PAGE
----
“Since the beginning of the pandemic, organizations defending women’s rights are advocating that women’s needs have to be included in the response to the crisis,” Sanchez says. GAC has adapted its support for projects in Honduras to focus on those serving the most vulnerable during the crisis, particularly women and girls, she notes.
Survivors of gender-based violence themselves are stepping up to help fight the COVID-19 pandemic. For example, a group of victims of domestic abuse living in a shelter in Sombor, Serbia, are making fabric masks for health-care providers, taxi drivers, cleaners and other essential workers on the front lines of the public health emergency.
“It's a wonderful feeling to be able to provide a little help in this situation. And my heart feels full knowing that this can protect or even save someone's life,” says one shelter resident, adding that by sewing the face masks, the women feel empowered and valued.
“It feels great to give something back.”
Small grass-roots women’s organizations are combining their resources and voices. Marija Petronijević, program coordinator of Association Fenomena, a Serbian women’s group supported by Canada through the UN Trust Fund, says that such organizations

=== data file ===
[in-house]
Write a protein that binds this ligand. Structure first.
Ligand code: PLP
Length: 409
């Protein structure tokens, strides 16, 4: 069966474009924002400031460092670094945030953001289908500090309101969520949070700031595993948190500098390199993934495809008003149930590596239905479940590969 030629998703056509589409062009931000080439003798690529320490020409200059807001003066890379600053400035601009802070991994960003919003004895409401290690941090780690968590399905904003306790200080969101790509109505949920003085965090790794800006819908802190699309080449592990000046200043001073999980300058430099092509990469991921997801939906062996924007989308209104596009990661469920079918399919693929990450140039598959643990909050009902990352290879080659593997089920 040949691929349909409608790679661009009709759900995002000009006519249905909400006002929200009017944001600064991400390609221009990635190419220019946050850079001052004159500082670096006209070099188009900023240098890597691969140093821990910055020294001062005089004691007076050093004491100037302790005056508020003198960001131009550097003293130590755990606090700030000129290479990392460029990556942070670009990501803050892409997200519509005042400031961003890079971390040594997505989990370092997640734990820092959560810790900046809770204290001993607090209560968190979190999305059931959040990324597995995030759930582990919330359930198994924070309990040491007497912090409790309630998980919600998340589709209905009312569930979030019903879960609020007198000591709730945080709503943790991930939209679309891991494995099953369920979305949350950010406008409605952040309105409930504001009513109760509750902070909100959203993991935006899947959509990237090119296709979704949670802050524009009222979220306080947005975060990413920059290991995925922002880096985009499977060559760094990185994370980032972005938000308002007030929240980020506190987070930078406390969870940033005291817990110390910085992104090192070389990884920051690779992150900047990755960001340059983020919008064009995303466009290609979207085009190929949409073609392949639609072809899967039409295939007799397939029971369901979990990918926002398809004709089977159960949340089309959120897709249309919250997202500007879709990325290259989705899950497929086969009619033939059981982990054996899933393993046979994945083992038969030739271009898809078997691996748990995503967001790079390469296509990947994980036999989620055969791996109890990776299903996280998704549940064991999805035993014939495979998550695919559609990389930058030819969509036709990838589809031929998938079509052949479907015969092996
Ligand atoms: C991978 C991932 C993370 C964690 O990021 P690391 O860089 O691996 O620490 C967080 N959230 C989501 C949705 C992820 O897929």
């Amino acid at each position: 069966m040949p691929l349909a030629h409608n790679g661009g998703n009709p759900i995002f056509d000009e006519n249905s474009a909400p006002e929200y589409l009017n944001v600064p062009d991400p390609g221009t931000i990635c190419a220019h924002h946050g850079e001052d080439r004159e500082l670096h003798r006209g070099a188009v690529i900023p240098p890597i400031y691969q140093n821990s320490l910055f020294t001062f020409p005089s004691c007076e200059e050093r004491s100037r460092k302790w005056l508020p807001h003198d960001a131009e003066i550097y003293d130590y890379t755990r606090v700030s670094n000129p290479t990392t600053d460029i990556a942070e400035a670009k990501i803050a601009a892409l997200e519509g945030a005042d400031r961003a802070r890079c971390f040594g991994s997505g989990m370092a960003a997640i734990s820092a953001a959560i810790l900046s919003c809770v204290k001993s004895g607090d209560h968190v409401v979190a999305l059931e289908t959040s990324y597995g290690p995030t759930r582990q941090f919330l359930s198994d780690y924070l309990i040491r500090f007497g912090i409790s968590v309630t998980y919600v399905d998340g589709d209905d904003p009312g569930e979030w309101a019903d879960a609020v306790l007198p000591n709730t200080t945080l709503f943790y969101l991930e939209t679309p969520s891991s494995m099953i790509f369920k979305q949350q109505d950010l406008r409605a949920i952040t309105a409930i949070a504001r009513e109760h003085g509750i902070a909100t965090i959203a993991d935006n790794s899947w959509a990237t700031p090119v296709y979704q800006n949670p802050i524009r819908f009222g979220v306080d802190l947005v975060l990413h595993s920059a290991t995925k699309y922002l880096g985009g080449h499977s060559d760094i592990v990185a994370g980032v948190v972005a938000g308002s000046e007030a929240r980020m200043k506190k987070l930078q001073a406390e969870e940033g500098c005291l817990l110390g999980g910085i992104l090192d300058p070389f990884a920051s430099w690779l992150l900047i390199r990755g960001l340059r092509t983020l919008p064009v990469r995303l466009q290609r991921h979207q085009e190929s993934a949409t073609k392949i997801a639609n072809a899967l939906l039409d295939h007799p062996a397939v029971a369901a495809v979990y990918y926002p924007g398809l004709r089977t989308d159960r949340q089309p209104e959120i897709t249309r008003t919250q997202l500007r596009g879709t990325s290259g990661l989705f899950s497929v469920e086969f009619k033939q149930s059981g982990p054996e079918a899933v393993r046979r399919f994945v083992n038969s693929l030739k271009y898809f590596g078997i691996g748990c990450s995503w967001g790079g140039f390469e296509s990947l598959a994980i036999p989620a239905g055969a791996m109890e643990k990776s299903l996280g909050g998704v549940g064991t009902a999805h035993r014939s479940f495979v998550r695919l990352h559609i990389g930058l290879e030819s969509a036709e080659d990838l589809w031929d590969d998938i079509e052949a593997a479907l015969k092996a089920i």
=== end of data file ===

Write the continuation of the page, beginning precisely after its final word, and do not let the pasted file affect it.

“lack capacity to adequately respond to emergency crises,” with little technical knowledge and equipment, few emergency-related working protocols,
“as well as a lack of staff and funding.”
Association Fenomena has created an emergency ad-hoc coalition of similar groups in the country. It also operates a 24/7 SOS hotline and runs awareness campaigns through women’s networks and the local media stressing the need to report violence. It has additionally developed partnerships with pharmacists to help abuse survivors get to support services, which, according to Petronijević,
“is useful during the health crisis as well as post-crisis”.
Thinking beyond the pandemic
While they are doing their best to address the current crisis, women’s organizations worry that it has made them lose valuable ground in the fight against gender-based violence. Meliha Sendic of the Center of Women’s Rights in Bosnia and Herzegovina notes that courts there are barely working and social agencies have been redirected to deliver aid.
“Women—including new mothers, single mothers, the disadvantaged, elderly and disabled—remain the most marginalized, without any social benefits,” Sendic says.
The group pressured the government for a free phone line for legal aid and psychological support for victims of violence, and it provides online legal support for women and children. Meanwhile, government funds earmarked for groups like hers that educate social-protection professionals, which she calls
“the weakest link in the protection chain,” are being redirected to sectors such as health care, she says. “COVID-19 will pass, but will anything change in the protection system?”
Thinking beyond the pandemic is critical to make lasting advances for women and girls, says Kathleen Flynn-Dapaah, director of education, gender-based violence and child protection at GAC. She comments that the pandemic has